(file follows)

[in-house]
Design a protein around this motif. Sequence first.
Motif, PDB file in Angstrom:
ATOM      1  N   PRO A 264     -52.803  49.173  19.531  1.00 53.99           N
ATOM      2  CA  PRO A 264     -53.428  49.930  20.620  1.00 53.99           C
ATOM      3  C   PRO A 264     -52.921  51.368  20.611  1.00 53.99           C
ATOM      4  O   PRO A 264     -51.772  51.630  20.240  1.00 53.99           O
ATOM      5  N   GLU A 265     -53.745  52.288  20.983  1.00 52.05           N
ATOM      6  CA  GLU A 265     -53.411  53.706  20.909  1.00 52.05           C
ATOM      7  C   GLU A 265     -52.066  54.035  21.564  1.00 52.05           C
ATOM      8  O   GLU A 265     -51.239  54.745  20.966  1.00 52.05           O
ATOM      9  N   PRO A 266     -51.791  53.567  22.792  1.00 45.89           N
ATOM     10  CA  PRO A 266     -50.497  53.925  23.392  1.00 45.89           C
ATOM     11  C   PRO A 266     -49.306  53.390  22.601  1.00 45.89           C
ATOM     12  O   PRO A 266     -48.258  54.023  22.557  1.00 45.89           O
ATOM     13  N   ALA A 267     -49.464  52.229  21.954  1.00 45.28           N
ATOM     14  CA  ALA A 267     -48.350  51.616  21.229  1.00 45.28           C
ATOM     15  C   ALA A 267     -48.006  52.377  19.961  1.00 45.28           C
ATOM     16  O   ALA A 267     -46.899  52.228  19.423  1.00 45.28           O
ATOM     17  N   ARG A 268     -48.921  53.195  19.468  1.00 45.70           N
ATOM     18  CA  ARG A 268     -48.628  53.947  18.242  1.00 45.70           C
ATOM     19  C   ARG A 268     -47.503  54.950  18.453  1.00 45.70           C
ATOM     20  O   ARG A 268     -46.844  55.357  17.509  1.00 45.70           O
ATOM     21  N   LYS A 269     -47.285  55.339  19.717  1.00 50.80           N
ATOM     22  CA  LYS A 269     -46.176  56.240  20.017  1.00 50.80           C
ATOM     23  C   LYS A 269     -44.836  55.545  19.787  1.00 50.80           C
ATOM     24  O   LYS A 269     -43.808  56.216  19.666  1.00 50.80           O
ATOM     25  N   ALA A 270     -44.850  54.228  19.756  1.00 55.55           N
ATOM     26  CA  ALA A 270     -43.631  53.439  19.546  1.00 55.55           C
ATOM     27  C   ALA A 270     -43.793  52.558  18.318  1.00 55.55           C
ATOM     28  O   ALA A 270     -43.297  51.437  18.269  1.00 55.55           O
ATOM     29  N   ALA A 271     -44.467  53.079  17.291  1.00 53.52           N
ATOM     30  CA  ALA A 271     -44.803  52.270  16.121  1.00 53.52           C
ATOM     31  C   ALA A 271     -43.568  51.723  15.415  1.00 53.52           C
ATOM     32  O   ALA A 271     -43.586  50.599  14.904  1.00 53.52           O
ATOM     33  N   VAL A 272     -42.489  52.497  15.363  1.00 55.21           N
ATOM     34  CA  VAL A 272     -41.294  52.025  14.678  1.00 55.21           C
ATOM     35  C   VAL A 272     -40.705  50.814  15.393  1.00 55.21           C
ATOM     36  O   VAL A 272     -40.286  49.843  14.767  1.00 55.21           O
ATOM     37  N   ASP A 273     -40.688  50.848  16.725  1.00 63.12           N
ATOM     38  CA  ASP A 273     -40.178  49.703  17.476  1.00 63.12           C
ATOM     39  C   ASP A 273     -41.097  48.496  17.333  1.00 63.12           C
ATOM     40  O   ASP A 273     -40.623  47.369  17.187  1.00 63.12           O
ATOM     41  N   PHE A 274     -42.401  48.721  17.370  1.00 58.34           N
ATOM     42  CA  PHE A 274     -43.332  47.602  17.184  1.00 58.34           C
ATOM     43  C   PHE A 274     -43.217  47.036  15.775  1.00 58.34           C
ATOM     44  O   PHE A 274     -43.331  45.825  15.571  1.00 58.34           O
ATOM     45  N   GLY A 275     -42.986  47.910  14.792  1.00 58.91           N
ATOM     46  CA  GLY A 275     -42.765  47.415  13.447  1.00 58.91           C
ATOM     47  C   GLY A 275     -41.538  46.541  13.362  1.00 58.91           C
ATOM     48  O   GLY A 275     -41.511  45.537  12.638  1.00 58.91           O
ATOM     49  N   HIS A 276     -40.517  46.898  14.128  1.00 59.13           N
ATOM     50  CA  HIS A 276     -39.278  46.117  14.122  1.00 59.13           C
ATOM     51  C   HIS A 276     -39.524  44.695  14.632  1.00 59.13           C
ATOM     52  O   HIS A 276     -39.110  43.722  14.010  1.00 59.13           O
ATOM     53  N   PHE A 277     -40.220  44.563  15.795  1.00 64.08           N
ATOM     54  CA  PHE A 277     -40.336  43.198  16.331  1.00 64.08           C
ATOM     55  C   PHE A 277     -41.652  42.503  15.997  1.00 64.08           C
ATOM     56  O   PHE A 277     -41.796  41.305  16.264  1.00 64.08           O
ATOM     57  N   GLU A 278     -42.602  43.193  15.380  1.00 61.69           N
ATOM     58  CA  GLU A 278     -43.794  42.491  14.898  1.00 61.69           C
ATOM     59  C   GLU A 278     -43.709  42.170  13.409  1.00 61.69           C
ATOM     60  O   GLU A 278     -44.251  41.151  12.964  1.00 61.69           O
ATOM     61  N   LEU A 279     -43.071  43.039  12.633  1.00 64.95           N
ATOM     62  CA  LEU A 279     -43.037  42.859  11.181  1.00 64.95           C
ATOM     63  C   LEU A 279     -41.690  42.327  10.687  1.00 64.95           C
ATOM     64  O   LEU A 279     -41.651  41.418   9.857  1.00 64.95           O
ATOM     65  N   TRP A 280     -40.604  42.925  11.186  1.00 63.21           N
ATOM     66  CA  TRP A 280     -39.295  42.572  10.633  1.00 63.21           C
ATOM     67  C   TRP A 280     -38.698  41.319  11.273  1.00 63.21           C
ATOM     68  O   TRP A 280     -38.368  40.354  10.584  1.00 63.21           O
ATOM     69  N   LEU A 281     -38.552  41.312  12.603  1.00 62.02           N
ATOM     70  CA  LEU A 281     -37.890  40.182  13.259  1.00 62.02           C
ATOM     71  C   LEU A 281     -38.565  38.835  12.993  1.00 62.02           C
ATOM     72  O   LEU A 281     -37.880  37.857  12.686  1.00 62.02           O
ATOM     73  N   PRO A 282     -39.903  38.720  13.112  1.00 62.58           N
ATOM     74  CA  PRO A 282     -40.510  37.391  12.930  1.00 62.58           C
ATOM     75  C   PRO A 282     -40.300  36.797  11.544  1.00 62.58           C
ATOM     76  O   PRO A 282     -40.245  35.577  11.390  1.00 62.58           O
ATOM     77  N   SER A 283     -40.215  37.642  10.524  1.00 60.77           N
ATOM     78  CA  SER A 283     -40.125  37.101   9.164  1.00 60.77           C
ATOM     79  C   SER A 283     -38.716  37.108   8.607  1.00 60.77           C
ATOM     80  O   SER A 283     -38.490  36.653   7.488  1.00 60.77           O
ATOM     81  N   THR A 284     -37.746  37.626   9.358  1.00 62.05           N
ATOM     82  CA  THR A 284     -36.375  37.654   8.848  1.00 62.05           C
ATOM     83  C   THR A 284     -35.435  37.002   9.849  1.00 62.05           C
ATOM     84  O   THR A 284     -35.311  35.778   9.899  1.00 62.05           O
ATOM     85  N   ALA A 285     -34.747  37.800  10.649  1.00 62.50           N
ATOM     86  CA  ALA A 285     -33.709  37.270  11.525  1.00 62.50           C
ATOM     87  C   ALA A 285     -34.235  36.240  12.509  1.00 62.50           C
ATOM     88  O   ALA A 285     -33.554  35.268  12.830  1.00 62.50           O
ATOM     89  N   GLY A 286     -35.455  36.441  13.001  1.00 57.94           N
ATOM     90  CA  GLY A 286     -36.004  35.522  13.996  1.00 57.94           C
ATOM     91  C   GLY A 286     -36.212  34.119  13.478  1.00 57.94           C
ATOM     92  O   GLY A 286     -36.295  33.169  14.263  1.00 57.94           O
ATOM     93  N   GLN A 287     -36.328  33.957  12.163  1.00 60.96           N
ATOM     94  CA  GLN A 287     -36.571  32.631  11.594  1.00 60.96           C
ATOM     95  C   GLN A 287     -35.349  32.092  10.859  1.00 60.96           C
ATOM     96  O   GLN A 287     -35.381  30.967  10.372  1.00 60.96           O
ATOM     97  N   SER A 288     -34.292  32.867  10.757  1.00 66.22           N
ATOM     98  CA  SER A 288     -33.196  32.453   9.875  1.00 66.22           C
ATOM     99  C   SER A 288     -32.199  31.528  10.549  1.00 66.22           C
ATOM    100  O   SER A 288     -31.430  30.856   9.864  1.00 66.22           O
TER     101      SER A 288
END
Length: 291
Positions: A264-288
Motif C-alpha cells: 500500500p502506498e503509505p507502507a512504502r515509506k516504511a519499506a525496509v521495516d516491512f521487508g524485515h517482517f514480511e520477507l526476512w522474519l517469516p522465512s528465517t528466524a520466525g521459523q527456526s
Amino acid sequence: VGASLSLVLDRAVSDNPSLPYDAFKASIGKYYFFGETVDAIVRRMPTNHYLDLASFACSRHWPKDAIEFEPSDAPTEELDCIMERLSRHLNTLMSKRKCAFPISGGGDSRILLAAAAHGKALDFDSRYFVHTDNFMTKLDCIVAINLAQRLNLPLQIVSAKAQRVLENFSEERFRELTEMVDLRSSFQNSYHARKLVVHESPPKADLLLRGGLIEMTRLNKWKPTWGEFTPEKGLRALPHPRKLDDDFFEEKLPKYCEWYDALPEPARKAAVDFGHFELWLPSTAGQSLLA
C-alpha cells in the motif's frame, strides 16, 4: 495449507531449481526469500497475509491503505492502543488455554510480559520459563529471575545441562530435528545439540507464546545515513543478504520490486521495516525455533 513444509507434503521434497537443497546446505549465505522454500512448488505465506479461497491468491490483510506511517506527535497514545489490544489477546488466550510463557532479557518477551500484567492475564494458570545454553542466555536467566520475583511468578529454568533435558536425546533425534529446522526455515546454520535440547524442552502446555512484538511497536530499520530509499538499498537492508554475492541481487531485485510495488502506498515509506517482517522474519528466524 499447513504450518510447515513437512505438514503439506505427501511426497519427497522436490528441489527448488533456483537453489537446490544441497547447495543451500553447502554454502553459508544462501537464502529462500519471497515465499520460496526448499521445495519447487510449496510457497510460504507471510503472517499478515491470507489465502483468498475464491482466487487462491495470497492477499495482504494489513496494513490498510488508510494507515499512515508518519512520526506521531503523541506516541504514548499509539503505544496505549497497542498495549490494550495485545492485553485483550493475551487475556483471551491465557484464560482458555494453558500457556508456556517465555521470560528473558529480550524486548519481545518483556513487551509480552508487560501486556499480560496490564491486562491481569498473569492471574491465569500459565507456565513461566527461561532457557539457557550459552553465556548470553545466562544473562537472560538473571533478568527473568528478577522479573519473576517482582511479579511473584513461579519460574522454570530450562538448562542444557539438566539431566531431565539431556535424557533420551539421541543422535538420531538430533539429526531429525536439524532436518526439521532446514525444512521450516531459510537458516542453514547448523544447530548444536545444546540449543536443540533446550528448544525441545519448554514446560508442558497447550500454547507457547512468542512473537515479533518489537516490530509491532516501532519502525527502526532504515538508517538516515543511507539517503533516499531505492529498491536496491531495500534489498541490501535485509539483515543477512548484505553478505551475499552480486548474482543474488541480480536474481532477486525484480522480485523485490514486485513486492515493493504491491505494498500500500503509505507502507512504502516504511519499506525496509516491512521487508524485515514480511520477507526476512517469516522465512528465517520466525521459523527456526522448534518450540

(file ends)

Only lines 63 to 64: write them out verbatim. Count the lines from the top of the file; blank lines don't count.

ATOM     60  O   GLU A 278     -44.251  41.151  12.964  1.00 61.69           O
ATOM     61  N   LEU A 279     -43.071  43.039  12.633  1.00 64.95           N